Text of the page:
Published on July 20th, 2018 | by William Charles29
Chase Southwest Rapid Rewards Priority Credit Card Full Review & F.A.Q’s
Earlier we did a post on the details and initial impressions of the new Chase Southwest Priority card. This is a more detailed full review and we will also answer some of the more frequently asked questions.
- 1 Card Overview
- 2 Card Benefits
- 3 F.A.Q’s
- $149 annual fee, not waived first year
- Sign up bonus (obviously subject to change). Up to 65,000 points:
- 40,000 points after you spend $1,000 within the first three months
- An additional 25,000 points after you spend a total of $15,000 within your first year of account opening
- $75 Southwest annual travel credit
- Four upgrade boardings per year when available
- 20% back on in-flight drinks, WiFi, messaging and movies
- No foreign transaction fees
- Earn tier qualifying points towards A-list status
- Card earns at the following rates:
- 2x Southwest points per $1 spent on Southwest and Rapid Rewards hotel and car rental partner purchases
- 1x Southwest points per $1 spent on all other purchases
A lot of the benefits talk about an anniversary year. Anniversary year is defined as ‘the year beginning with your account open date through the first statement date after your account open date anniversary, and the 12 monthly billing cycles after that each year.’
$75 Southwest annual travel credit
This card gives you an annual $75 travel credit on Southwest purchases. This credit is based on your anniversary year rather than your calendar year.
Upgraded boardings and inflight purchases are excluded. I assume this is because you receive four upgraded boardings annually for free and inflight purchases get a 20% discount and it’s too difficult for the system to apply the two sets of rules.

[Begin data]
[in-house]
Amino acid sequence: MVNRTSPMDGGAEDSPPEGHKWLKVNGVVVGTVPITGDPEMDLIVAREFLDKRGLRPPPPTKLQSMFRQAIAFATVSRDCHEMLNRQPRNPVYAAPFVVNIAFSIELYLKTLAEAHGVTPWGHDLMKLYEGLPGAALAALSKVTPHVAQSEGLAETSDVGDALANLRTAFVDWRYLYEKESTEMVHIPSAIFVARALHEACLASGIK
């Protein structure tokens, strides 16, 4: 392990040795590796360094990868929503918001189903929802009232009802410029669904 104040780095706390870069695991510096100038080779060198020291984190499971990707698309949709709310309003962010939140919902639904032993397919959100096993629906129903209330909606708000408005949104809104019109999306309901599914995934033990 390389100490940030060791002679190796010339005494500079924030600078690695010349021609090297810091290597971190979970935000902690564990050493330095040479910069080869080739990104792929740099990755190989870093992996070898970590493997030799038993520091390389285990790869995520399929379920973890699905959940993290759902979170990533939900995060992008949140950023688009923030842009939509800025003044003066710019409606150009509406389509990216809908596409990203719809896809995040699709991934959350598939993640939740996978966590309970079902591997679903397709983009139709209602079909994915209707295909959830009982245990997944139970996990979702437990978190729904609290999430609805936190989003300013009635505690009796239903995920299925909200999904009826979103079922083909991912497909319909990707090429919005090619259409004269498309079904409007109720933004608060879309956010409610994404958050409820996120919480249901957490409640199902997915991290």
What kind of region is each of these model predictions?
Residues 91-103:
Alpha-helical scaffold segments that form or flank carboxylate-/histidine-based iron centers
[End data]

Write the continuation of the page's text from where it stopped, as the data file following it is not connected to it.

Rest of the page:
Every anniversary year you will be reimbursed for the purchase of 4 upgraded boardings. Upgraded boardings are positions A1-A15. These can be purchased on the day of travel only at either the depature gate or ticket counter and aren’t always available. Price of these upgraded boardings varies based on the itinerary, I think it’s usually $30-$40.
The benefits of being in this boarding position is you may be able to get an exit row seat (and at worst you’ll get another seat you want) and you can find overhead bin space.
20% Back On In Flight Purchases
You receive 20% back (in the form of statement credits) on the in flight purchase of drinks, messaging, movies, and Wi-Fi. This will appear on your statement within 1-2 billing cycles. Authorized users also receive this benefit
For every $10,000 in purchases you make you’ll earn 1,500 tier qualifying points (TQPs), you’re limited to $100,000 in spend or 15,000 TQPs. These can be used towards qualifying for A-List status (35,000 TQPs or 25 qualifying one way flights) or A-List preferred (70,000 TQPS or 50 qualifying one way flights).
Can you product change to this product?
Yes it’s possible to product change to this product. Chase is currently offering some selected cardholders 5,000 points for doing so. More information on that here.
Does the Chase 5/24 rule apply to this card?
The Chase 5/24 rule has applied to all other Southwest cards for some time. Readers are also reporting that it applies to this new card as well (1, , .
When does the sign up bonus end?
Currently it’s marked as ending on August 22nd, 2018. I suspect after this date the sign up bonus will be lowered, thus making it harder to get the Southwest companion pass just from the sign up bonus on this card and a business card. People like to time it so their points post in January, that way you get the companion pass for the rest of that year and then the following year as well. That being said given you need to spend $15,000 to get this full bonus it’s also entirely possible they will keep this bonus long term.
Is the Chase Southwest Premier card still available?
This application page is still live. Chase is only advertising the Plus & Priority card (at least on the Priority card landing page), so they might plan to discontinue the Premier in the future.
Is the card metal?
No idea. I’m guessing no since it’s not advertised as such but metal credit cards are so common these days it’s hard to know for sure.